How to Crack an Egg Allergy

Since eggs are a common ingredient in many recipes, if you're allergic to eggs, eating can be quite challenging. Here are some common symptoms of egg allergies:

  • Hives, itching
  • Stomach pain, nausea, and vomiting
  • Runny nose
  • Wheezing

Research Findings

If these symptoms sound familiar, you may be interested in the research findings published in the August 2010 issue of the Journal of Allergy and Clinical Immunology (JCAI).  Greek scientists discovered that increased exposure to eggs in small increments could help build up a tolerance. However, there's one catch: in order to get these results, the egg must be heated before consumed.

The good news is that most recipes that call for eggs, such as cakes and other baked goods, do require cooking. The scientists also discovered that tackling egg exposure in small increments and then introducing them slowly into your diet is essential for allowing the body to become desensitized.

Take Control

While this is all quite encouraging, desensitizing yourself isn't something you can safely try at home. Therefore, it's important to talk to your doctor or allergist about how to cope with your egg allergy.

One strategy she's sure to stress is becoming familiar with what types of foods contain egg products. (Note that egg substitutes can also contain egg whites and should be avoided, as well.) This can encompass a wide variety, including:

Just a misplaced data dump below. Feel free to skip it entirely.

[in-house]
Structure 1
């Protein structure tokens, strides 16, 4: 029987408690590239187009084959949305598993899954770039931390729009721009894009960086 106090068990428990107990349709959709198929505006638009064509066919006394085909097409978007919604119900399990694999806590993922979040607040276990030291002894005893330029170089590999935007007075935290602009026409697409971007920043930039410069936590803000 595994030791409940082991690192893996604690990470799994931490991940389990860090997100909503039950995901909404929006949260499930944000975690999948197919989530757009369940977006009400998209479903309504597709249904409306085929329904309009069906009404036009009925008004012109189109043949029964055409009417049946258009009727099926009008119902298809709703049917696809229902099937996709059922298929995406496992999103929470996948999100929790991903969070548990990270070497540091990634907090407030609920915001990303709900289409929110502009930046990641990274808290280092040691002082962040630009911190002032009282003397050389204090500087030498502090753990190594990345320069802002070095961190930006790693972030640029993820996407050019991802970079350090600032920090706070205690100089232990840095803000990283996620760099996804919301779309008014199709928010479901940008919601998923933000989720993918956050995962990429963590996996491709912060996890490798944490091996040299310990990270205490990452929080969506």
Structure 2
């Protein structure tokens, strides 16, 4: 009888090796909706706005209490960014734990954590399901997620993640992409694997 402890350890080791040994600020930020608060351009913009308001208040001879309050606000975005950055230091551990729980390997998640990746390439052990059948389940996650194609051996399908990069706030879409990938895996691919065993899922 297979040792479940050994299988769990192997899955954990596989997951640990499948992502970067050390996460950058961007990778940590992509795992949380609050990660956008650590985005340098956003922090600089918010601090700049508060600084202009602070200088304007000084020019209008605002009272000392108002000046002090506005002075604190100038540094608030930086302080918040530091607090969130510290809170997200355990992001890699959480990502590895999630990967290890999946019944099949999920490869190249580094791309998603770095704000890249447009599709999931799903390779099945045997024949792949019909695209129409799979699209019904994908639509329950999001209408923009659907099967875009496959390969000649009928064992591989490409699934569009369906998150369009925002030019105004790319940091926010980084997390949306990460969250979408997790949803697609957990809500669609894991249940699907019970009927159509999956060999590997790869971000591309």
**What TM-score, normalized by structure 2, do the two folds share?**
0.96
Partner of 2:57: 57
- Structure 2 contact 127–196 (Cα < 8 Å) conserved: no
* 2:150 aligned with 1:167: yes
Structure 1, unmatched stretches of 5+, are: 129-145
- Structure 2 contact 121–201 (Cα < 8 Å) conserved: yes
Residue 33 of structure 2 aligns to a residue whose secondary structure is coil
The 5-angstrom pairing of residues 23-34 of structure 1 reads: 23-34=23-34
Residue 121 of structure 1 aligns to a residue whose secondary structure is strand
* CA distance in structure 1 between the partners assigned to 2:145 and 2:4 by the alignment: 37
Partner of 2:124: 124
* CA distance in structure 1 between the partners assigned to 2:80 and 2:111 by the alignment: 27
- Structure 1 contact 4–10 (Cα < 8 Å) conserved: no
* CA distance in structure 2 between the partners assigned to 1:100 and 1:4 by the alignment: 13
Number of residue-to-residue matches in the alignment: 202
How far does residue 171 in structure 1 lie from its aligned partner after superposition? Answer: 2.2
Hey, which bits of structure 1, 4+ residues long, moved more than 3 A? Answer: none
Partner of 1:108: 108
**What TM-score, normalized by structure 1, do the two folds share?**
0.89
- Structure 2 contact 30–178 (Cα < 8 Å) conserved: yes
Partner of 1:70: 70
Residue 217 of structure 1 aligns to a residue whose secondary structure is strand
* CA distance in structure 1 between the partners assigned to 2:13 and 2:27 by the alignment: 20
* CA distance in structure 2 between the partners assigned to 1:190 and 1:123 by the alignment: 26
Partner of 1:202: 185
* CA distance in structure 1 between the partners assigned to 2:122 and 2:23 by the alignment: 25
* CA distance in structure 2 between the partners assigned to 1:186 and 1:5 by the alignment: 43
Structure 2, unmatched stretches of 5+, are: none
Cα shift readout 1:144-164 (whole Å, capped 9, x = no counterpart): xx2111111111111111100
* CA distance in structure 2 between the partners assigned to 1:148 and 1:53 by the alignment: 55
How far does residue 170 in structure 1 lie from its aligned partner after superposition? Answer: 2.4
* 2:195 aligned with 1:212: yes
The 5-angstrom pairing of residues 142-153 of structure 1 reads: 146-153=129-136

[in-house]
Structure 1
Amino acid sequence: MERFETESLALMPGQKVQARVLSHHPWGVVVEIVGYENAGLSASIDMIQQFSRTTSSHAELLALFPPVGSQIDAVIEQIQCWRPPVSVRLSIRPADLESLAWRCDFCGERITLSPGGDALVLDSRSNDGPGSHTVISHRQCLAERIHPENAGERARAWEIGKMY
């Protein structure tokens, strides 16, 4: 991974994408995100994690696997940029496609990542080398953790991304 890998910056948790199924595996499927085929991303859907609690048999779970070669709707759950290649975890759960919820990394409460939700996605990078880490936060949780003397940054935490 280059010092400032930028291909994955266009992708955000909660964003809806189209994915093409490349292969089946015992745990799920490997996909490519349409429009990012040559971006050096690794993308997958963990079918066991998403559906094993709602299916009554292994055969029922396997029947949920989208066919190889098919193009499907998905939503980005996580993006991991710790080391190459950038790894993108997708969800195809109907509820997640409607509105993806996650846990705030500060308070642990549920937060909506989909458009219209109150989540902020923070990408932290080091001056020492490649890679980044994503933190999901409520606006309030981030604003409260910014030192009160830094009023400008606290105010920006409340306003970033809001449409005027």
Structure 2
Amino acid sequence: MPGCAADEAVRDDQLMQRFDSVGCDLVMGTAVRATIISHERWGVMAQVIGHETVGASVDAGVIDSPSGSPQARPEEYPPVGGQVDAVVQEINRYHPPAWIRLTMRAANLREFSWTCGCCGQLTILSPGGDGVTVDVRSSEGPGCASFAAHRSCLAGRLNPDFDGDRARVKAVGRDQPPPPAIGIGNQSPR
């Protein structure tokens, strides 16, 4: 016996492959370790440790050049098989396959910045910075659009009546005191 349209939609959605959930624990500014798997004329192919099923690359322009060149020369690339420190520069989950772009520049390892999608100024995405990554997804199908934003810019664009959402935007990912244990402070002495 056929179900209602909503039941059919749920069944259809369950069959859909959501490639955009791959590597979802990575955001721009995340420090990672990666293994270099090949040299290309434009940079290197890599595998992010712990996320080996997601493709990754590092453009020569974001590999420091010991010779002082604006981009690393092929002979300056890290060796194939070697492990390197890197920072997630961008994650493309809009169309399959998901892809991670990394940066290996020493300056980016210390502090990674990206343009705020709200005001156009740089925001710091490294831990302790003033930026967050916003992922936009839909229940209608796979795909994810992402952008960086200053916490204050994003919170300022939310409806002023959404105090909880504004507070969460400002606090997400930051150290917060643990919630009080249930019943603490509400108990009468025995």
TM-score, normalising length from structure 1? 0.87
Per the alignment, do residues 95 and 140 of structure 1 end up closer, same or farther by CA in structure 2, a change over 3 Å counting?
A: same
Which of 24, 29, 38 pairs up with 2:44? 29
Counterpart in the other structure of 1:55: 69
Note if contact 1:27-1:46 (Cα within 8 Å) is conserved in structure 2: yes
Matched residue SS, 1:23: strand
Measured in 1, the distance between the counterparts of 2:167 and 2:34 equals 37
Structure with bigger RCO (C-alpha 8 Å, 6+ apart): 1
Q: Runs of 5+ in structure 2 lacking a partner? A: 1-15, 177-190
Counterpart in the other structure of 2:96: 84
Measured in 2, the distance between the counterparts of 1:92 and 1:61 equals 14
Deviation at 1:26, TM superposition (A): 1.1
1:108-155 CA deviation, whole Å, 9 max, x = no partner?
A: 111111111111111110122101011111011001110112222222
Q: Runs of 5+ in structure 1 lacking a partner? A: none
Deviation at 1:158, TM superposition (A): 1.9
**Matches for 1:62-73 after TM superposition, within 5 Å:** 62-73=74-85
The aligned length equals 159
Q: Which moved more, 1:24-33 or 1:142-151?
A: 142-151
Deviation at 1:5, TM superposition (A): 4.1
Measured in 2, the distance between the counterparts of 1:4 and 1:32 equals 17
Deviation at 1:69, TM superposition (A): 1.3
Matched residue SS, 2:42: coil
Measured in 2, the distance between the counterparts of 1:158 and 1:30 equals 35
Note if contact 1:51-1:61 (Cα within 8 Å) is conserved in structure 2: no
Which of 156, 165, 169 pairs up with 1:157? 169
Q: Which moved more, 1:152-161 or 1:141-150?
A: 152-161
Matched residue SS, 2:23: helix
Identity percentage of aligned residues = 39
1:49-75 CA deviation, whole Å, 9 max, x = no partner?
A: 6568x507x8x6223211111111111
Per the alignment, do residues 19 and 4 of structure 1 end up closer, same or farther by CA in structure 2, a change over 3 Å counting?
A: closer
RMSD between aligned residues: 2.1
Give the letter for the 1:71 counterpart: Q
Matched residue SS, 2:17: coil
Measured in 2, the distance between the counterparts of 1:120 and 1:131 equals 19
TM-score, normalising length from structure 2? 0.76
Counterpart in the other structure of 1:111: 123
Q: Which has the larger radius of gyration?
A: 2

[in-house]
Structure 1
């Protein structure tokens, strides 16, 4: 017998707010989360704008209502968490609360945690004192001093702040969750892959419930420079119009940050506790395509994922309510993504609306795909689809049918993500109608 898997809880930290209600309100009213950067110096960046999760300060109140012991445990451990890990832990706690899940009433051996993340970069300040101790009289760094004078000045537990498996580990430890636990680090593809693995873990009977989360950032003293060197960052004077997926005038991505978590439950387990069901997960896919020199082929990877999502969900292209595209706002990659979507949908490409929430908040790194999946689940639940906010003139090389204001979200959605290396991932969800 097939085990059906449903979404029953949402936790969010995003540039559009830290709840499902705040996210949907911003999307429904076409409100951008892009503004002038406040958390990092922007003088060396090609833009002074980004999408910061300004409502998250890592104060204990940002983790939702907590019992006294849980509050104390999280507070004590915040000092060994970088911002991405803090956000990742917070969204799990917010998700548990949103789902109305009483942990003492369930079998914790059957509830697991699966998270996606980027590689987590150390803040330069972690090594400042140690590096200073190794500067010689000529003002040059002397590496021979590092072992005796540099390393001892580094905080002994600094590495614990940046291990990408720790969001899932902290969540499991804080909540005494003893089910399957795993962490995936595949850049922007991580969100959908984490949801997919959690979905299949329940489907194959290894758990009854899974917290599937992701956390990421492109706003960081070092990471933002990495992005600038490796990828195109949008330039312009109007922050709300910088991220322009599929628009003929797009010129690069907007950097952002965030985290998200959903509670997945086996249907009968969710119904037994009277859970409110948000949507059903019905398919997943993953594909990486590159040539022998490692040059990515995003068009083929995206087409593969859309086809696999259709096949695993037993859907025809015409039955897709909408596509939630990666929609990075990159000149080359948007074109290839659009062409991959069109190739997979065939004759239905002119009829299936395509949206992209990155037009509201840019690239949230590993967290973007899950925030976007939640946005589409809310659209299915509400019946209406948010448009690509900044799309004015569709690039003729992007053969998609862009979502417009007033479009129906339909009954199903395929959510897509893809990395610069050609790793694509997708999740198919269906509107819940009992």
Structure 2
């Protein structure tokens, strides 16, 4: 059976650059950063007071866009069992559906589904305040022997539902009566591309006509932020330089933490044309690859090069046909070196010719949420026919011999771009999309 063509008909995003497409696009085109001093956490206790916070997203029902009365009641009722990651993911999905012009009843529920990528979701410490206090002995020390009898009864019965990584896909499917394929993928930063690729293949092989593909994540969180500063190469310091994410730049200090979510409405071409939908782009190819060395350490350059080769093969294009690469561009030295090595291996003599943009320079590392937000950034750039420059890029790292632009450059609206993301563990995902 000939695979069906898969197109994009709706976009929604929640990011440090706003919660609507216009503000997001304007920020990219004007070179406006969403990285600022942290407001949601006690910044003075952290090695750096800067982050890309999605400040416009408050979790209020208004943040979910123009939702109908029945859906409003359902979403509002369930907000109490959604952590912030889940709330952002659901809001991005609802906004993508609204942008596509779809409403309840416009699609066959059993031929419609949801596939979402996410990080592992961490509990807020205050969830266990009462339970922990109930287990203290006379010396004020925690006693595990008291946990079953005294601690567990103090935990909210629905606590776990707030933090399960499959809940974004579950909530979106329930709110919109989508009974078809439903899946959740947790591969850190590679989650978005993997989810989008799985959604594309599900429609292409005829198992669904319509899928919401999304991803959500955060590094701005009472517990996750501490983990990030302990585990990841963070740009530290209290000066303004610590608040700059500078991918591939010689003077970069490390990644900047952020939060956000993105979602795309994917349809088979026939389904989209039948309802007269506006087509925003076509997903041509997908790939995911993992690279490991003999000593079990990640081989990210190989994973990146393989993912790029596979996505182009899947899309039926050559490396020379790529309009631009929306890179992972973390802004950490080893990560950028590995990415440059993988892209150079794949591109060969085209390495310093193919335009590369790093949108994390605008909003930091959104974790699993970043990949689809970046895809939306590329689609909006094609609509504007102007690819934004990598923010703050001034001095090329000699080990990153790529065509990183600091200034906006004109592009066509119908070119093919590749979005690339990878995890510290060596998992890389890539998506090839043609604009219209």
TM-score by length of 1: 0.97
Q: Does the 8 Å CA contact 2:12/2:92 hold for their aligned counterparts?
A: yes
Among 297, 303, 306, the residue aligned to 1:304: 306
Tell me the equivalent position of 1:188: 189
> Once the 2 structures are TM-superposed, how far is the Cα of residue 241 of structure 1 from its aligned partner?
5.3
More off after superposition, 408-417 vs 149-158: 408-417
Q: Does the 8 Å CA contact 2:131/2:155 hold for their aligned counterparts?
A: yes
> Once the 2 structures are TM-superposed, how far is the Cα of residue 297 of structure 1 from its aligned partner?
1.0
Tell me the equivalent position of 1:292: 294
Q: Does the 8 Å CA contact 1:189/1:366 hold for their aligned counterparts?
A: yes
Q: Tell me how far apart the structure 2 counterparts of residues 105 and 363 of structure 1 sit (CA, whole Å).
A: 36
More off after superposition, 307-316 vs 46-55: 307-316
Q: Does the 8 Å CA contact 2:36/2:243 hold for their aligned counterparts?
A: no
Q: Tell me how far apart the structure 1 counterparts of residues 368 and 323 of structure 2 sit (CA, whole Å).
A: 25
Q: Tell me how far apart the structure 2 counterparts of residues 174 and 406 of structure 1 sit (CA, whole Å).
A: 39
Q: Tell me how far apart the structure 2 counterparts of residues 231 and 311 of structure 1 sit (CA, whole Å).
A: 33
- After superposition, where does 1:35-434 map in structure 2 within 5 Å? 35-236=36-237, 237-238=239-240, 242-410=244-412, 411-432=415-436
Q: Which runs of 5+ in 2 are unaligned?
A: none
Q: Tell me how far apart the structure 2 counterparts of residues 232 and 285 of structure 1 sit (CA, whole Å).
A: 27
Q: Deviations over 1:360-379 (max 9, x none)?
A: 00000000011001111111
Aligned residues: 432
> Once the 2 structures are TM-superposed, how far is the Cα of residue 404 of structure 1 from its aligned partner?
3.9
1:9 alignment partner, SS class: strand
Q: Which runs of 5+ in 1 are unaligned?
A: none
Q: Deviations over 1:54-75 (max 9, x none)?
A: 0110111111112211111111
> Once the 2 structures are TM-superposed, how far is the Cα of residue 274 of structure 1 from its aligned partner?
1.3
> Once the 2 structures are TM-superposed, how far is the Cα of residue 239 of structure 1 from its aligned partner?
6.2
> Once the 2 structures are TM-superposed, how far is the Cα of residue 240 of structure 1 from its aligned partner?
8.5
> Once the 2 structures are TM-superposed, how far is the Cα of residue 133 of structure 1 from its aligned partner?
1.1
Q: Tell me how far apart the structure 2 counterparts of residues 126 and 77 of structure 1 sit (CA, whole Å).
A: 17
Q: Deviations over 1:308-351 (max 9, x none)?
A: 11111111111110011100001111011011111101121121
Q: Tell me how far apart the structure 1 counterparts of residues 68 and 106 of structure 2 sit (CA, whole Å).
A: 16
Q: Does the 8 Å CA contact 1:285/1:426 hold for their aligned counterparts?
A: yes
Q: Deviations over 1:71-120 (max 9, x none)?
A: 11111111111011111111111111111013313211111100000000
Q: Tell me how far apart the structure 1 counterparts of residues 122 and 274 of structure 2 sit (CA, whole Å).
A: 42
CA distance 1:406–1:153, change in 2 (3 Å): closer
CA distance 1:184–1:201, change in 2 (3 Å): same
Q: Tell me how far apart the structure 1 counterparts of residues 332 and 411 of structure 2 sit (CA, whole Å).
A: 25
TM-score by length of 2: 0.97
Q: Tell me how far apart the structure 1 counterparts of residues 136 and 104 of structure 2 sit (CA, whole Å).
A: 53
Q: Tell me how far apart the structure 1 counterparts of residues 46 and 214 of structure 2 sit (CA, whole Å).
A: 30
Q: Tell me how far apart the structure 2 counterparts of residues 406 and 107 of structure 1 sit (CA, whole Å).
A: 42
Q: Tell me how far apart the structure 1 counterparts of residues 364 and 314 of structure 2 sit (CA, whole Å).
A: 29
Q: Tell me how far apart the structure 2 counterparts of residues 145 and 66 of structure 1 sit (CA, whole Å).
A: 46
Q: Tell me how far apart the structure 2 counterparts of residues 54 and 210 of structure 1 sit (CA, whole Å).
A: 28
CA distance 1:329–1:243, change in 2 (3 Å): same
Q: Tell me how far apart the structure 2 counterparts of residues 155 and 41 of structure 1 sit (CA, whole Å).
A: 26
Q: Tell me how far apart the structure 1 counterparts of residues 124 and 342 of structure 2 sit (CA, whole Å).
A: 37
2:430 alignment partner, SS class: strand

• Baked goods
  • Meatloaf, meatballs
  • Processed foods
  • Marshmallows
  • Puddings
  • Salad dressings and mayonnaise
  • Some coffee and alcoholic drinks

Educate Yourself

Did you know that egg-related ingredients can go by many different names? In addition to the common egg-related names (such as dried egg, solid egg, and egg whites), you'll also need to avoid Albumin, Globulin, Lecithin, Livetin, Lysozyme, Simplesse, Vitellin, ovalbumin, ovoglobulin, and many others. (Ask your doctor for the complete list.)

In addition, eggs can be contained in common household items, such as shampoo, medications, and cosmetics, so if you are highly allergic, these may also be on your "no" list. Eggs can also be used in many vaccinations, so ask before receiving a flu shot or other immunization.

Treat a Reaction

If you do inadvertently come in contact with eggs either by touch or by mouth and experience a mild reaction, this can usually be treated with an over-the-counter antihistamine such as Benadryl. Just watch for signs of anaphylaxis, such as throat or tongue swelling, and difficulty breathing, which can be life threatening and require immediate emergency treatment.

Treat Yourself

Keep in mind that if you're dealing with an egg allergy, you won't have to give up all of your favorite foods and treats. Many recipes can still work without eggs by substituting an oil and baking powder mixture instead.


American Academy of Allergy, Asthma and Immunology (AAAAI)

KidsHealth from Nemours

Mayo Clinic